The Marks of Christian Maturity
The Marks of Christian Maturity (Ephesians 4:14-16)
Having described the gifts of leadership showered upon the church by the risen Christ, Paul continues to delineate the impact of these gifts upon the life of the body. He gives us some clearly understandable signs of spiritual maturity and its absence. Paul took it for granted that every believer was interested in spiritual maturity. Are you?
The Attitudes of Spiritual Immaturity
Under divine inspiration, the apostle describes three attitudes that timelessly betray the presence of spiritual immaturity. Sometimes these very attitudes appear to those who self-consciously preen themselves as being spiritual. There is childish juvenility, "Then we will no longer be infants" (v. 14). The word refers to minors or the untaught; it could even carry the meaning of infantile or stupid. Paul intends believers to move toward an ideal whose great features are adulthood and stability in personal, family, and church life. Some attain this early. Others never attain it.
There is a constant instability. Their spiritual lives never show any grounded or rooted quality. Moving from preacher to preacher, conference to conference, one popular movement to another—one never knows where they will be next. Paul used both a nautical and a meteorological metaphor to describe their instability. On the one hand they are like wave-tossed ships. The apostle well knew the instability of the sea; some believers impressed him as equally unstable. On the other hand they are like the changing trade winds. They blow now this and now that wind of doctrine, every kind and degree of it. Easy prey of religious propagandists, they never recognize stability when they see it.
Finally, they demonstrate a credulous gullibility. They are ready to swallow anything as long as it bears the name Christian. Their gullibility is taken in by dexterous deception, "deceitful scheming." The word really refers to dice-playing, and it is related to our word cube. Just as some men may "load the dice," infantile believers are duped by the dexterity of deceivers. Immature believers are further the objects of deliberate deception. Those who would deceive them are clever, shrewd, and crafty at all the arts of leading astray. Such is also designed deception, "cunning and craftiness" (v. 14). The word means to pursue a plan, to use methods, and to deal with deceptive strategy. Paul describes a word of agile and able spiritual deceivers.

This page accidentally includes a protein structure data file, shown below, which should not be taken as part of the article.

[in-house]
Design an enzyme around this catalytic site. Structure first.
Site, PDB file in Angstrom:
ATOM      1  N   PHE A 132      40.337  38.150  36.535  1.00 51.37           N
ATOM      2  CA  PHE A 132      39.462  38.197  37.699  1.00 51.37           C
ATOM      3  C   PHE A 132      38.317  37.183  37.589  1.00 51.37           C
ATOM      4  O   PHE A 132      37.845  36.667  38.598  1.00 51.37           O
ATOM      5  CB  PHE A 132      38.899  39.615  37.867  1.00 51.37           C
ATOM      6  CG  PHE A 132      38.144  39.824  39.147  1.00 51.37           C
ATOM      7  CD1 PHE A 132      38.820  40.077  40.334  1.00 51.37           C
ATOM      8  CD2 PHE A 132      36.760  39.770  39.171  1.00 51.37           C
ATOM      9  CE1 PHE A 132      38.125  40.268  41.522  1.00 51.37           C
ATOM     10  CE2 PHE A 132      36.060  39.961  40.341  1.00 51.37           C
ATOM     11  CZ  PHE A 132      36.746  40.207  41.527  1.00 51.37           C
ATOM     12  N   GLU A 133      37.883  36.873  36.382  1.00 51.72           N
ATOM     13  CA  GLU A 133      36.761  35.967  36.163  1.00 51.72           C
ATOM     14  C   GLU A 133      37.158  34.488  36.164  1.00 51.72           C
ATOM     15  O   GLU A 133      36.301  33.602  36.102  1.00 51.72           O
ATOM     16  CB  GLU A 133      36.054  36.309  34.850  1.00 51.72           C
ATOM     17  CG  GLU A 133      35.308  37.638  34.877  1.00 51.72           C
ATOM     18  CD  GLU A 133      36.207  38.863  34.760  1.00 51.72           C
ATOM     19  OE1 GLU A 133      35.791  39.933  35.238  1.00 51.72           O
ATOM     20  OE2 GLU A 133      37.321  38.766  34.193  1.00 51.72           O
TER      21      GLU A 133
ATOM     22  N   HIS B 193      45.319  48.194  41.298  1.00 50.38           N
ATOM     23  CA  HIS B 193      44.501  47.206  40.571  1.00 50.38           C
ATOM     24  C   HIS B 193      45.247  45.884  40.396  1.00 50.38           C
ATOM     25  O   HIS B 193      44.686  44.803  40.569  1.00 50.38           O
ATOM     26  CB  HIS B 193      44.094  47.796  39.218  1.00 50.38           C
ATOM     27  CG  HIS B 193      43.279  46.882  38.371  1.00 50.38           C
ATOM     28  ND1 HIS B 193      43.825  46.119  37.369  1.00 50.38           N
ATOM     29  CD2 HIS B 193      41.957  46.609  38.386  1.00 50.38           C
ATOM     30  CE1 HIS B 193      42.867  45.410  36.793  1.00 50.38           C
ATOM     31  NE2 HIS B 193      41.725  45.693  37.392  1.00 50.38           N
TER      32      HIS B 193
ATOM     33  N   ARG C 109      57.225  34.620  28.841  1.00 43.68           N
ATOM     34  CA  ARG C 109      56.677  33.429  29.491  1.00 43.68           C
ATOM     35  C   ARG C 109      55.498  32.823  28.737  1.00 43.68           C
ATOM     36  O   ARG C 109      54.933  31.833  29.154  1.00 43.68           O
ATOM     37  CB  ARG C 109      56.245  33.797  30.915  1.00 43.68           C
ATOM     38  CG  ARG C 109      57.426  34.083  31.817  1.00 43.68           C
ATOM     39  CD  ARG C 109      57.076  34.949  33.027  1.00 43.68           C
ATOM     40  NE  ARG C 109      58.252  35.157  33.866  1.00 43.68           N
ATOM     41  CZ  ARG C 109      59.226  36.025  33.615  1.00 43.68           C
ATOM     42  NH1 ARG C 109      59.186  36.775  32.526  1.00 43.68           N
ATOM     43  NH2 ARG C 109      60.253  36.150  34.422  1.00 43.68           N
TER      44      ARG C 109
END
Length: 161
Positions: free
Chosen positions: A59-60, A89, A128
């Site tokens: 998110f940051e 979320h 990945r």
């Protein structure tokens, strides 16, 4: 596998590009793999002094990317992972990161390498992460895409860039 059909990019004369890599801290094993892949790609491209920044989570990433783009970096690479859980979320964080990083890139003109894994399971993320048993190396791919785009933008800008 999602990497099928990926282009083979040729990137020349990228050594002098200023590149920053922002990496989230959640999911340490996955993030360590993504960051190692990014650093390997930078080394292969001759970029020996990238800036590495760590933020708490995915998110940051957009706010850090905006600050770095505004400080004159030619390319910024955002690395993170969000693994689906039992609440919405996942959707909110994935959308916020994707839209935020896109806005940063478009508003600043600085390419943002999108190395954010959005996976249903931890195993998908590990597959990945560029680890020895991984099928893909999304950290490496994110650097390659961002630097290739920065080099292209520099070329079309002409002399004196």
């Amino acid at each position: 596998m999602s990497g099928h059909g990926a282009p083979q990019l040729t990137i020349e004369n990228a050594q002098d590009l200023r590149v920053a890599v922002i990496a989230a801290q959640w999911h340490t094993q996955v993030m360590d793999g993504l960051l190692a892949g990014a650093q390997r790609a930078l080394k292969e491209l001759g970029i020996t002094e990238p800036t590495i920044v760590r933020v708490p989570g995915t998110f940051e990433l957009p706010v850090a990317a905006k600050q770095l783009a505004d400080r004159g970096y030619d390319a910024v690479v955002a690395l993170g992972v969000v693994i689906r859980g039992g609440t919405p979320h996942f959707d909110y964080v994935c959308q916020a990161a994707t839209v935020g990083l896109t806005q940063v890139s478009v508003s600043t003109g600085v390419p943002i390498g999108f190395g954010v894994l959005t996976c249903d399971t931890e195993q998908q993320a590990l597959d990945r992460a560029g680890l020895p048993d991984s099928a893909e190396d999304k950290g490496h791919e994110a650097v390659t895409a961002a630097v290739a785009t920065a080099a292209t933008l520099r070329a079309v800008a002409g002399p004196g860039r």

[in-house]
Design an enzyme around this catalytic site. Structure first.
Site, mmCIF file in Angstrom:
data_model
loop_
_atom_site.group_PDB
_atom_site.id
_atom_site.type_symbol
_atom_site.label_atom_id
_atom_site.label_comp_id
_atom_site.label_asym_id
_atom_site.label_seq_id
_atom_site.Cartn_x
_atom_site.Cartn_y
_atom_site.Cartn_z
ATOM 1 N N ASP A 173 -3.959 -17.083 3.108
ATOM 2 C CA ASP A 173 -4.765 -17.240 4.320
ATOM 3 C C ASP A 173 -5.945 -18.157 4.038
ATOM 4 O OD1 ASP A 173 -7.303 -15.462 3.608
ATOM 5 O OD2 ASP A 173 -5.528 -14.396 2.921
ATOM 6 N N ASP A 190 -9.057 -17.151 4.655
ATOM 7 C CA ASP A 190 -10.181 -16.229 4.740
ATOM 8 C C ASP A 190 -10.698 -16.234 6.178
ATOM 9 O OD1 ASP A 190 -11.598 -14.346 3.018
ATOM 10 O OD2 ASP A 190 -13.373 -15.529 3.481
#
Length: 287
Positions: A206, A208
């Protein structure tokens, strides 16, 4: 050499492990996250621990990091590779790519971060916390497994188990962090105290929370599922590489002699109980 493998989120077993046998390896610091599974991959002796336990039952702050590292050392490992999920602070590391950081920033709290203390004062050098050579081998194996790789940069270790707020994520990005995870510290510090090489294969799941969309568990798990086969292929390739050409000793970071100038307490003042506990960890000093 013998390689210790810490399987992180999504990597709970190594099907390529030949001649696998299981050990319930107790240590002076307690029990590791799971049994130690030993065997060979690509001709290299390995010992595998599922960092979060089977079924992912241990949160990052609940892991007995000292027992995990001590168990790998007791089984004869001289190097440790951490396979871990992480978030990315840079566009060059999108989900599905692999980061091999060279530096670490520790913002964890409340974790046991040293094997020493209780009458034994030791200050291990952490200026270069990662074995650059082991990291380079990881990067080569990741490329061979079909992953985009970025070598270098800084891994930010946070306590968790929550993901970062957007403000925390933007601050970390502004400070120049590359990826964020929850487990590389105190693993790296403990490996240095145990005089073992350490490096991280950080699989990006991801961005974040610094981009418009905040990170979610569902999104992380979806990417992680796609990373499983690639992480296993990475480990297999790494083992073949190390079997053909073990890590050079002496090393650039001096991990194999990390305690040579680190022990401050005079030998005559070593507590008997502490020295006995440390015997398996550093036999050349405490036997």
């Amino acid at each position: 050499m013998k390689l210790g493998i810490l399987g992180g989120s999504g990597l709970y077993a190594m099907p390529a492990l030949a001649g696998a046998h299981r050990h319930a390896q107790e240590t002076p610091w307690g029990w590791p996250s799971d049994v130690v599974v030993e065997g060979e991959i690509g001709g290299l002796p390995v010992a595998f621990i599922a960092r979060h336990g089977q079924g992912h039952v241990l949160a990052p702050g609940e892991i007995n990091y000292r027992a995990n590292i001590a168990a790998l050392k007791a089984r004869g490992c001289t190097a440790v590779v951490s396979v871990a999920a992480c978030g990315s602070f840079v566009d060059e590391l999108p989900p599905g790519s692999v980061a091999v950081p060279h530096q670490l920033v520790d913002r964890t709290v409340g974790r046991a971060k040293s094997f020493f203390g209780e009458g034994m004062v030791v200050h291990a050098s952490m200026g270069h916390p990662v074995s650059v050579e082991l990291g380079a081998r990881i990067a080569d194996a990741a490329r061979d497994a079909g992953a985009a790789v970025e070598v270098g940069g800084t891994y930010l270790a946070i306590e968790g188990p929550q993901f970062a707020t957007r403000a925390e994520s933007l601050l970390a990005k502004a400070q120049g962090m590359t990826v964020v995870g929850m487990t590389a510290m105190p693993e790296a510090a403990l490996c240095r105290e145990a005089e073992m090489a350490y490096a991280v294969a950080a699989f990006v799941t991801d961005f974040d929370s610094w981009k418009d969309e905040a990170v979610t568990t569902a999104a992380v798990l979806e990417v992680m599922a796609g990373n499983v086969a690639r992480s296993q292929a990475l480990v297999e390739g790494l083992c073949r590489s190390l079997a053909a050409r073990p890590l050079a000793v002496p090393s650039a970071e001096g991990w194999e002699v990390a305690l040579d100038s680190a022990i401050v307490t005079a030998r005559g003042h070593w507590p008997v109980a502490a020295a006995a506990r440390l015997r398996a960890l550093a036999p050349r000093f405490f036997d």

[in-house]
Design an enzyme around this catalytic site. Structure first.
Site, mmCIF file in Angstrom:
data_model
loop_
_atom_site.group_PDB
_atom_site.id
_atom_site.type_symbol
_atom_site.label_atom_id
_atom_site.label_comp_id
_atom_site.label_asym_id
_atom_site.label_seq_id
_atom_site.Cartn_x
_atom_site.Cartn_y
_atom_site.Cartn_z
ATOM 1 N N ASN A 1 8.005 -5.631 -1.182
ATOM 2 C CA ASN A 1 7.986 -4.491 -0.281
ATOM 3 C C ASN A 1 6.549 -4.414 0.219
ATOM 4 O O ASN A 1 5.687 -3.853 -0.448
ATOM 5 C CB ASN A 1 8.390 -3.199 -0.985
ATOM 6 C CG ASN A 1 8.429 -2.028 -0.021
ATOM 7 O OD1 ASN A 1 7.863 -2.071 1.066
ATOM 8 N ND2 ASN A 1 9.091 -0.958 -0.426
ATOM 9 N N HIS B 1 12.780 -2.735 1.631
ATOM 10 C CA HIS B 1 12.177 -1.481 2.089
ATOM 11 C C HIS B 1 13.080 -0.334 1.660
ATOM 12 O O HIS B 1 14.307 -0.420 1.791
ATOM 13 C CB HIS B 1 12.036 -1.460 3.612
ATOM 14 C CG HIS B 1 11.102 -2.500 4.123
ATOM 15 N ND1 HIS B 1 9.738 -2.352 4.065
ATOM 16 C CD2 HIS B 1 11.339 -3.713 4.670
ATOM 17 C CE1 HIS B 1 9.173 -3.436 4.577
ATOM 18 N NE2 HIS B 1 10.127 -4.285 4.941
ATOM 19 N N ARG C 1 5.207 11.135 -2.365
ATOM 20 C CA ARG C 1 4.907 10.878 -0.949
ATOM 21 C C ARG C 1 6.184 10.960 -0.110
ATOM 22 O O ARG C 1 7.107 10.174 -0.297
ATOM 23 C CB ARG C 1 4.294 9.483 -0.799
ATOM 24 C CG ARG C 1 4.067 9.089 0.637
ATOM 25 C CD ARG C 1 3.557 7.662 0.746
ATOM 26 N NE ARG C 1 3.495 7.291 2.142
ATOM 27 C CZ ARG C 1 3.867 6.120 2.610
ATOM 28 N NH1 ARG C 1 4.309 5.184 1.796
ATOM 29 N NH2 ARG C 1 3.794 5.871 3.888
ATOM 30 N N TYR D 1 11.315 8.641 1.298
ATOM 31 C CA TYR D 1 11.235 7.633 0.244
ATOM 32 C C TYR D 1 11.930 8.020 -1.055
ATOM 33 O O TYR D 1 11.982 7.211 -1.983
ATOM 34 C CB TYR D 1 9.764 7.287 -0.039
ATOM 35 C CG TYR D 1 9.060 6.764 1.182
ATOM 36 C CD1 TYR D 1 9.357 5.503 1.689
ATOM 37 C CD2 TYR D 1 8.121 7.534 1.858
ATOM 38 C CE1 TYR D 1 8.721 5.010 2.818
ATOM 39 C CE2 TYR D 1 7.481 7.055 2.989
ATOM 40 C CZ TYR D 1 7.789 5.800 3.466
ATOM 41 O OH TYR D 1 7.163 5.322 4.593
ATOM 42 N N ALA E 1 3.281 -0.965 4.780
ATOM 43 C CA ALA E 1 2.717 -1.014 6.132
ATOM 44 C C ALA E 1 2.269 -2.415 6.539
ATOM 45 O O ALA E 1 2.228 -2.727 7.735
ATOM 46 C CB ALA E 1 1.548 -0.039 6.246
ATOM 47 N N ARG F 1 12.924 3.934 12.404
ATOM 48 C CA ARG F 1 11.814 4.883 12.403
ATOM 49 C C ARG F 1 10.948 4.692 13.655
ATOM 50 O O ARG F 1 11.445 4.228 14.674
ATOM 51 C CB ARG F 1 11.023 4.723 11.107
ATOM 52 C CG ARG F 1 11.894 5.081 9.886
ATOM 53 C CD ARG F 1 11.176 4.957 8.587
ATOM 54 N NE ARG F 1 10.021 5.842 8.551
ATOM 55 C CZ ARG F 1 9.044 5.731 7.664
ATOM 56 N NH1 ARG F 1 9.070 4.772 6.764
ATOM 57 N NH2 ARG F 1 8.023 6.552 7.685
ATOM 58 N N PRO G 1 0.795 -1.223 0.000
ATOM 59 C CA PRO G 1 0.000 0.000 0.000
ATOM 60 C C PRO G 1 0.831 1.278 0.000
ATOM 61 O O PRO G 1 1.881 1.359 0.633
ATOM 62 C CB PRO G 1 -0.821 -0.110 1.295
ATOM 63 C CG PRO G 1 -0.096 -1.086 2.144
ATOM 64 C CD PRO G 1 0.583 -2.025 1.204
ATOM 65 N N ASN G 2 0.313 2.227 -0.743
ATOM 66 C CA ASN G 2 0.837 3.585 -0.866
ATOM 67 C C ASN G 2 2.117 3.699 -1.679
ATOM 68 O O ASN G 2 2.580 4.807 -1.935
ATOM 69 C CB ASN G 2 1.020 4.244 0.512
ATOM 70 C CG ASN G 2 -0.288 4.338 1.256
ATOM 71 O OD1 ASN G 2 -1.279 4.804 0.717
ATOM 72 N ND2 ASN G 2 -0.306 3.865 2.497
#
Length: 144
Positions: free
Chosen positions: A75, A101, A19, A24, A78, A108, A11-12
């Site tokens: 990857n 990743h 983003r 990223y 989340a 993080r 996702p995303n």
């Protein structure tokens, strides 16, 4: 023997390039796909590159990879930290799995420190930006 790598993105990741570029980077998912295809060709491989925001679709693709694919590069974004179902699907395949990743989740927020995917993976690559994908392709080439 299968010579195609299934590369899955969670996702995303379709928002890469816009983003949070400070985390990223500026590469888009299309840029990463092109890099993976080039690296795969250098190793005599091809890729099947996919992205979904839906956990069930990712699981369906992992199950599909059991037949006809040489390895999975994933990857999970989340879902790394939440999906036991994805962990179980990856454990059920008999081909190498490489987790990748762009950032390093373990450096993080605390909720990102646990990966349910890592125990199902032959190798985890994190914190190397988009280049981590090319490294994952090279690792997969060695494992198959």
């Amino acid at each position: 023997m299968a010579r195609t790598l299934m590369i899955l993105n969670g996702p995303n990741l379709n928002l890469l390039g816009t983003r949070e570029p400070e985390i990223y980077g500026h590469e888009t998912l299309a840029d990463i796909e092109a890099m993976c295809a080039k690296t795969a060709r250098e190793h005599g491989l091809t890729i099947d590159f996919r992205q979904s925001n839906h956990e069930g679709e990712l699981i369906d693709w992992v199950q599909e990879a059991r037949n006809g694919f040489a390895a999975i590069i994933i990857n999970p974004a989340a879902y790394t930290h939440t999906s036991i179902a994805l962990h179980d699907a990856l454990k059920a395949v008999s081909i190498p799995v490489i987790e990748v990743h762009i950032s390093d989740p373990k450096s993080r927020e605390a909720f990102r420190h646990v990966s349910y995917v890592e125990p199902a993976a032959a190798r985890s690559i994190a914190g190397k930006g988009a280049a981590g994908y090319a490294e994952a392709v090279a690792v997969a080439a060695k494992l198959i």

The Atmosphere of Spiritual Maturity
Before Paul describes the actual attributes of spiritual maturity, he suggests the atmosphere in which it flourishes. There is a guilelessness described, "speaking the truth in love." The very opposite of the deceptive roguery above, believers confess the truth in a loving way. There is a growth delineated, "grow up into him." In a loving maturity, we are to grow until we are wholly incorporated in Him, as the center and circumference of our lives. There is a goal defined as the direction of this growth, "the Head, that is, Christ" (v. 15). Just as a baby's body grows until it catches up proportionately with its head, so we are to grow out of the infantile until we reach the maturity of our great Head, even Christ.
The Attributes of Spiritual Maturity
In the most complicated verse of the epistle, Paul discussed the qualities of spiritual maturity. Such maturity is defined totally in relationship to the corporate Christian body. There is no room for "Lone Rangers" in the arena of maturity. Mature believers are willing parties to the ongoing process of harmony in the body, "joined and held together" (v. 16). They display a willingness to live in harmony and inner adaptation with other believers. Mature believers are part of a living process of vitality, "by every supporting ligament" (v. 16). They know that they cannot live simply by contact with other limbs in the body, any more than the hand can live because it is connected to the arm. Each as part of the corporate whole is nevertheless vitally related to the Head Himself. From Him they find a liberal supply, according to the efficiency of each individual member to appropriate. Thus New Testament spiritual maturity is defined first in terms of the quality of one's relationship to the corporate body. It can never be merely individual or isolated.